After watching the pretty awful House of 1000 Corpses (2003), I was adamant about watching writer/director Rob Zombie’s remake of one of my favorite horror movies of all time, Halloween (1978). Worse, I had already seen the 2018 “reboot sequel” Halloween, which I pretty much hated. But like I said in my review of House of a 1000 Corpses, I detected flashes of talent in Zombie, so I was intrigued. Whaddayaknow, his Halloween is… pretty interesting. Whereas the original John Carpenter slasher was suspenseful and largely bloodless, Zombie goes for the jugular (literally), amping up the pace with quick cuts and gore galore. Zombie also tries to give a meaningful backstory to unstoppable killing machine Michael Myers (Tyler Mane), framing his psychopathy as a logical conclusion to an abusive childhood. It doesn’t really work, coming across as forced and clichéd. Yet it does set up a curious final half in which Michael tries to connect with his sister Laurie (Scout Taylor-Compton), the only person who could possibly love him. Dude, maybe if you weren’t slaughtering all her family and friends?
This Halloween ain’t subtle. It bludgeons you into submission. But in going dirty, Zombie is able to step out from under Carpenter’s shadow. Plus, Danny Trejo? Sold.
written by Ben Ketai and Eva Konstantopoulos
based on the novel Hush by Eva Konstantopoulos
directed by Olaf de Fleur
This is another one of those atmospheric horror pics that have more on their minds than just scaring you, in this case playing around with genre. Malevolent starts as a ghost story about two siblings (Florence Pugh and Ben Lloyd-Hughes) who run a scam paranormal business. But after they discover real spirits (expected), the film takes a hard turn into torture porn territory (unexpected), complete with cutting of tongues and hammering out of teeth. It’s jarring and not completely successful, with some of the usual plot holes and stupid character choices. The ending, in which the brother dies and the sister can see his ghost, is surprisingly eerie and touching (also unexpected).
written by Akela Cooper
from a story by James Wan, Ingrid Bisu, and Akela Cooper
directed by James Wan
There’s something to be said about not going over the top enough. In Malignant, a woman (Annabelle Wallis) has visions of a vicious killer’s murders and eventually learns that A BRAIN TUMOR WITH HER TWIN BROTHER’S FACE IS CONTROLLING HER MIND AND BODY. Fuck. Normally I’d be all over this bonkers stuff, but either you go for serious body horror (think David Cronenberg) or slapstick gross-out (think Sam Raimi)… and Malignant doesn’t know which one it wants to be. Director James Wan’s influences include those two filmmakers for sure – plus a side helping of Mario Bava, Dario Argento, Brian De Palma, and others – but he struggles to find the right balance. Cool intro credit music by Celldweller, though.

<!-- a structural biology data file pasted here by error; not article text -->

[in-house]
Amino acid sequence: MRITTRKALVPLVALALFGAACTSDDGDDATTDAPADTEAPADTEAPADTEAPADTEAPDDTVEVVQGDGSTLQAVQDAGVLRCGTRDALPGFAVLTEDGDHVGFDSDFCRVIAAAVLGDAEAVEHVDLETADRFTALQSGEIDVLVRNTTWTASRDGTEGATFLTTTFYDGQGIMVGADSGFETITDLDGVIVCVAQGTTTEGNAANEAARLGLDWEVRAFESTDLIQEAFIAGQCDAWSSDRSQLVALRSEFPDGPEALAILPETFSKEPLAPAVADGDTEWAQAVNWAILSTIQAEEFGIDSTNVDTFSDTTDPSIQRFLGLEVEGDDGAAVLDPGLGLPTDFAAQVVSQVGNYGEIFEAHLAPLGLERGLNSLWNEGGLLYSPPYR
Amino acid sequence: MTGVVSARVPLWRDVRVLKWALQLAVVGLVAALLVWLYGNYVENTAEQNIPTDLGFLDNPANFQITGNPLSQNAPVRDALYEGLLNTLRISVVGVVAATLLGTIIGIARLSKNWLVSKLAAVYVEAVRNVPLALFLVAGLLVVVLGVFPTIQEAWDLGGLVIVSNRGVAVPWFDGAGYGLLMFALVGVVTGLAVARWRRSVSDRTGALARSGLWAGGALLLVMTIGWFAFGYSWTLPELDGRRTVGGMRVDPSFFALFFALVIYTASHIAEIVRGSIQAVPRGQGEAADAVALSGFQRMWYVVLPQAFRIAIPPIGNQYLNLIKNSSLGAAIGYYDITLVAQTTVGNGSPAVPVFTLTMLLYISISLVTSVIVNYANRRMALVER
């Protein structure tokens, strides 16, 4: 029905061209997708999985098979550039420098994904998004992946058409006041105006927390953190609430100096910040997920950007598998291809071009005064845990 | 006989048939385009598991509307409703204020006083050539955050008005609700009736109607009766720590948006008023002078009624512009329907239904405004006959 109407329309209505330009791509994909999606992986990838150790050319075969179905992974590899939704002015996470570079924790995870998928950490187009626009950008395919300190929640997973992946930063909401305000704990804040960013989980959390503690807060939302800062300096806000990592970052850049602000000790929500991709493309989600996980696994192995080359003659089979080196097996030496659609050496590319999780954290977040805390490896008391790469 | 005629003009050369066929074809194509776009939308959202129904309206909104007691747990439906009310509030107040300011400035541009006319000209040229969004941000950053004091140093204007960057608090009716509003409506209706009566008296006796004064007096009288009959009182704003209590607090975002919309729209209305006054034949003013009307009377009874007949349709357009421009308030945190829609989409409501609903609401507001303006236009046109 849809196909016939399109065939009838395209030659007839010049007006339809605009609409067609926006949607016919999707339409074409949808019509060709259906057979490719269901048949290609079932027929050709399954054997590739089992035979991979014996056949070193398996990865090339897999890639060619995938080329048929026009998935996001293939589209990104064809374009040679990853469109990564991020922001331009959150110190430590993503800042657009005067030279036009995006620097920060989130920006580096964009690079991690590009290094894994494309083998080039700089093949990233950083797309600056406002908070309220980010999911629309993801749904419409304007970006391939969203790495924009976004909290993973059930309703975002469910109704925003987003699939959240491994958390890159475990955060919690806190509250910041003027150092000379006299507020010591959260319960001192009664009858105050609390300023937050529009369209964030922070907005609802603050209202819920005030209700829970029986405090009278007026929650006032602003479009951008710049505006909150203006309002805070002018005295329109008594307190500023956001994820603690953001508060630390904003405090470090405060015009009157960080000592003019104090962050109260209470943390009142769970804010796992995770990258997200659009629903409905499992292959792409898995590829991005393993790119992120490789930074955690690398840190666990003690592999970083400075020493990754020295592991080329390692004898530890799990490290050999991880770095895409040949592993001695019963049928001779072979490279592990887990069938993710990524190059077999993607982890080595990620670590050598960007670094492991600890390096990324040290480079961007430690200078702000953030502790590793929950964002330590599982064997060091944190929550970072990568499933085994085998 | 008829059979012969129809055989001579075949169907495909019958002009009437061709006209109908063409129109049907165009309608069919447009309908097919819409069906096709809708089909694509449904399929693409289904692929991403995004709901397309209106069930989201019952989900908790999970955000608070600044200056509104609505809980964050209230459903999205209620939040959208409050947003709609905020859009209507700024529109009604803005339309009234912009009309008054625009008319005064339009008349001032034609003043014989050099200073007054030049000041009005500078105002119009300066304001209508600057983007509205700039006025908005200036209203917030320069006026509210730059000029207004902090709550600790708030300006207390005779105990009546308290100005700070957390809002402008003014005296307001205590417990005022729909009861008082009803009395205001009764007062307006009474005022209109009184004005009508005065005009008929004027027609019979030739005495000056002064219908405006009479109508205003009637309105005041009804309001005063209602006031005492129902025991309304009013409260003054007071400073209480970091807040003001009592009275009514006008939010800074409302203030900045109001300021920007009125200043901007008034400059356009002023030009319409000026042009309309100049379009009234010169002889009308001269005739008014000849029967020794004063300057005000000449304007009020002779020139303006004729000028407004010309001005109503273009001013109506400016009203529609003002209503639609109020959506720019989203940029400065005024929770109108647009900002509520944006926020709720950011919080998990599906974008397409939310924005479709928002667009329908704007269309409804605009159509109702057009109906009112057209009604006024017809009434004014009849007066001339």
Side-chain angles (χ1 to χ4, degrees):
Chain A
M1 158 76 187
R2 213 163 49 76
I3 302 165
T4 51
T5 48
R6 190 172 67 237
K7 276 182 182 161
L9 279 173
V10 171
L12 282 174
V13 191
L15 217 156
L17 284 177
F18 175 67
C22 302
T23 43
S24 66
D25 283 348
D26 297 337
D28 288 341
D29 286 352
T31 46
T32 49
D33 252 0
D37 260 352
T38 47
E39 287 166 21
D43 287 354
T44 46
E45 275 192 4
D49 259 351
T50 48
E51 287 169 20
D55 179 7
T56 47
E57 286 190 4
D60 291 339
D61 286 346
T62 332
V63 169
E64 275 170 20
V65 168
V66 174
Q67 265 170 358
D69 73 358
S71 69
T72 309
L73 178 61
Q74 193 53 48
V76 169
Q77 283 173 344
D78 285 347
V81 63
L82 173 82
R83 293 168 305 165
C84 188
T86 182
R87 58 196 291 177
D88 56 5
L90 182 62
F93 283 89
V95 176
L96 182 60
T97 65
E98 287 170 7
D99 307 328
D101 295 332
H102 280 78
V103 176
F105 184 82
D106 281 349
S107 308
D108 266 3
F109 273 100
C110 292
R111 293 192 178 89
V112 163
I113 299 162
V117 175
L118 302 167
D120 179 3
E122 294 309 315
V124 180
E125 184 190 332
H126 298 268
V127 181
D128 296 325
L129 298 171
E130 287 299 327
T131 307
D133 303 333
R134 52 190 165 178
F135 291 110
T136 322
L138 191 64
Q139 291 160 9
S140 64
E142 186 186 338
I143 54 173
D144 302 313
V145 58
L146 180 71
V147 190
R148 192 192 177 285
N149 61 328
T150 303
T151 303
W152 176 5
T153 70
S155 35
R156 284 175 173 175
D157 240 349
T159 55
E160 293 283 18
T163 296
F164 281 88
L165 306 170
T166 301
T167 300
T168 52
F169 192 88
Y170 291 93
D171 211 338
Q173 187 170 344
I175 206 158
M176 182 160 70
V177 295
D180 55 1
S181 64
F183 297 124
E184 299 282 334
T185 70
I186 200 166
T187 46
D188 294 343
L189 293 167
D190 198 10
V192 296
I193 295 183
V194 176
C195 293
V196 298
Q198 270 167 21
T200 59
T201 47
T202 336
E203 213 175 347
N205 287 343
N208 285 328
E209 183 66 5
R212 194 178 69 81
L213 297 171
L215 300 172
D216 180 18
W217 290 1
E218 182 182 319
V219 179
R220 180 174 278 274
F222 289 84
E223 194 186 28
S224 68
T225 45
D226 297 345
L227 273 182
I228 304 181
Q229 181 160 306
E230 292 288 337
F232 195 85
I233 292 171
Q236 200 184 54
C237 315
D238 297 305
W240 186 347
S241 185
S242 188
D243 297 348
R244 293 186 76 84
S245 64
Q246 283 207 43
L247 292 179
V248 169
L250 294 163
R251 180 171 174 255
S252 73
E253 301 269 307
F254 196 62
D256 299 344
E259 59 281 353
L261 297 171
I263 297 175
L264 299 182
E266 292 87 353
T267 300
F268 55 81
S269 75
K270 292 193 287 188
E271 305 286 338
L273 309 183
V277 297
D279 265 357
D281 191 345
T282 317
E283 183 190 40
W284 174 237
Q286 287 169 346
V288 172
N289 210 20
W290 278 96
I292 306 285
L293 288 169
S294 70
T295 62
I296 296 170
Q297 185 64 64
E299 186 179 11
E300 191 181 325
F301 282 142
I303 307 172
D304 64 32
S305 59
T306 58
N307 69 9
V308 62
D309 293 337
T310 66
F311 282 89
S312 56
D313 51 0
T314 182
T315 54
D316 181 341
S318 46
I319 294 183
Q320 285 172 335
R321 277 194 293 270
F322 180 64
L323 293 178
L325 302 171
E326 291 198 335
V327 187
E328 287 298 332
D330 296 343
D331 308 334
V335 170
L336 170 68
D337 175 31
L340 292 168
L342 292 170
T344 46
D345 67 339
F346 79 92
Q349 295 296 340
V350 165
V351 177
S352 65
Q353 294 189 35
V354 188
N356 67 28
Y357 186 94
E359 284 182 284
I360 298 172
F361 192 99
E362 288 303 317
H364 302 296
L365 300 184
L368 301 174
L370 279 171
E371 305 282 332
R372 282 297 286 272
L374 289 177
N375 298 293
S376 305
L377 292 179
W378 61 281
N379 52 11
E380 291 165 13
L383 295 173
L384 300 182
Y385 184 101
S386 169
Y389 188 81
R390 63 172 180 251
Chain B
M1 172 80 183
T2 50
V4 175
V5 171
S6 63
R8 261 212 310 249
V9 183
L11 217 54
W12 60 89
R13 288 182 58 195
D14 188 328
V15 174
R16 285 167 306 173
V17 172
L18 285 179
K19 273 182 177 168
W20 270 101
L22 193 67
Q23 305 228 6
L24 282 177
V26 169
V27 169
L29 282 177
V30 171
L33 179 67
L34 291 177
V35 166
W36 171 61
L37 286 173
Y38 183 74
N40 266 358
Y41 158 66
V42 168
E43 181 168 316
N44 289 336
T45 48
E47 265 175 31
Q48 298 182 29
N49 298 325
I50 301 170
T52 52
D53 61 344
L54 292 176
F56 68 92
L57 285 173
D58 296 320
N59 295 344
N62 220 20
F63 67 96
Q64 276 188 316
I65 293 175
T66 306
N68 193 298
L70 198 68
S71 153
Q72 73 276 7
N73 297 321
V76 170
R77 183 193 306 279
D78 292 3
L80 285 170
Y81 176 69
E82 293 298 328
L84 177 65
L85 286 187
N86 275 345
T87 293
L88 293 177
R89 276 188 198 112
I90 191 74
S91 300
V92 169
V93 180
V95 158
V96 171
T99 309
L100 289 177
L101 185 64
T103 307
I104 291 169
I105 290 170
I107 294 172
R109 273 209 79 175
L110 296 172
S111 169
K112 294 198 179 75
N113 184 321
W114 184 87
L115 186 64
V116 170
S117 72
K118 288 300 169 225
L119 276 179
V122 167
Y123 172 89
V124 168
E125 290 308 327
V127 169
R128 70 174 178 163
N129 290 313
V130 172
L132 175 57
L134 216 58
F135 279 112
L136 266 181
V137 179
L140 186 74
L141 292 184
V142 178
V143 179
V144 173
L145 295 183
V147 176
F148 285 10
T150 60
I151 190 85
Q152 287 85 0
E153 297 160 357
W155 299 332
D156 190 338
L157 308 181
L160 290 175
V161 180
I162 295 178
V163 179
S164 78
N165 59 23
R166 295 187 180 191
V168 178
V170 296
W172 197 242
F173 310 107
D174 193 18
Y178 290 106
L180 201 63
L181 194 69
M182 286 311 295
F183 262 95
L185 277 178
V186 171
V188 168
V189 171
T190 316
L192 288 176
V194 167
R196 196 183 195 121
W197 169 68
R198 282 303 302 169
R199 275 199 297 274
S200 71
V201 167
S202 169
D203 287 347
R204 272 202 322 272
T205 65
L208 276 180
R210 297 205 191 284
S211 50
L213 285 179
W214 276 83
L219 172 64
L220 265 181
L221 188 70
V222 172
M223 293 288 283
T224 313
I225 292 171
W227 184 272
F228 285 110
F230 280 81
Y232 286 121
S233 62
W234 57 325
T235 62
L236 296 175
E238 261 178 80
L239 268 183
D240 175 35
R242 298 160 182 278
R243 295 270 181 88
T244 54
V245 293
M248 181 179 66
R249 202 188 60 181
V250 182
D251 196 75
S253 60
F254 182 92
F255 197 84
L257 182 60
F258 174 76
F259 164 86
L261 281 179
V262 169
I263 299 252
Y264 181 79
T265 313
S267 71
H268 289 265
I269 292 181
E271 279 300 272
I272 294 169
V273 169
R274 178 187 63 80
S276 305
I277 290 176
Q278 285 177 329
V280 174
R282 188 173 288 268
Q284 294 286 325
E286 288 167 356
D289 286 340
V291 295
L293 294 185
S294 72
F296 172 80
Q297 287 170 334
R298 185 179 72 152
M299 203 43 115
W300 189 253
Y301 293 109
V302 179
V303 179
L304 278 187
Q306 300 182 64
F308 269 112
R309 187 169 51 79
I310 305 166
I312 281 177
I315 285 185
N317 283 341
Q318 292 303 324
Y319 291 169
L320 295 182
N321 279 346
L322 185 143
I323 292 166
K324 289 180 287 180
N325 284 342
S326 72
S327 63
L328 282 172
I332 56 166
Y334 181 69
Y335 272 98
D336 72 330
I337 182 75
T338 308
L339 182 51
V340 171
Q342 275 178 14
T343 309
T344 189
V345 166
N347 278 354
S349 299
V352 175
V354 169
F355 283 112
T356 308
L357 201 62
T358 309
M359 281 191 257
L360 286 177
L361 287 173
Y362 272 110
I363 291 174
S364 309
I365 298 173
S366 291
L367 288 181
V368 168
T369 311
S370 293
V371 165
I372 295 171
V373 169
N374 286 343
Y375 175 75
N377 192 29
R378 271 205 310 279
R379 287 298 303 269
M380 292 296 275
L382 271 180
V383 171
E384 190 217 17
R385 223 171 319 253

Monty Python and the Holy Grail (1975)
written by Graham Chapman, John Cleese, Eric Idle, Terry Gilliam, Terry Jones, and Michael Palin
directed by Terry Gilliam and Terry Jones
Well, I finally got around to Monty Python. I know, I know, I deserve all your derision… particularly since I love absurd comedy. I have no idea why it took me so long, but now that I’ve seen Monty Python and the Holy Grail I can’t wait to watch their other stuff. There’s no point trying to dissect this spoof of the Arthurian legend of King Arthur and his Knights of the Round Table, other than to say that I was on the floor laughing my ass off at all the zany jokes, ridiculous conversations, and killer rabbits. I’m sure this isn’t for everyone, but I may well be on my way to becoming a Pythonite.
based on the graphic novel Sandcastle by Pierre Oscar Levy and Frederik Peeters
written and directed by M. Night Shyamalan
In Old, writer/director M. Night Shyamalan returns to the lackluster waters of his 2008 B movie outing The Happening with another Twilight Zone-ish premise that could’ve probably made for a good short. Stretched to a feature, this tale of a group of tourists trapped on a beach that makes them grow old fast is just a chore. I almost could not make it past the terrible acting, never mind the unlikeable characters and lazy direction – and this after Shyamalan had somewhat brought me back to his corner with Split (2016) and Glass (2019). Things pick up a little towards the end, when Shyamalan decides to focus on the melancholy of death itself. But by then, you’ll regrettably be a couple hours older.
Carlos I. Cuevas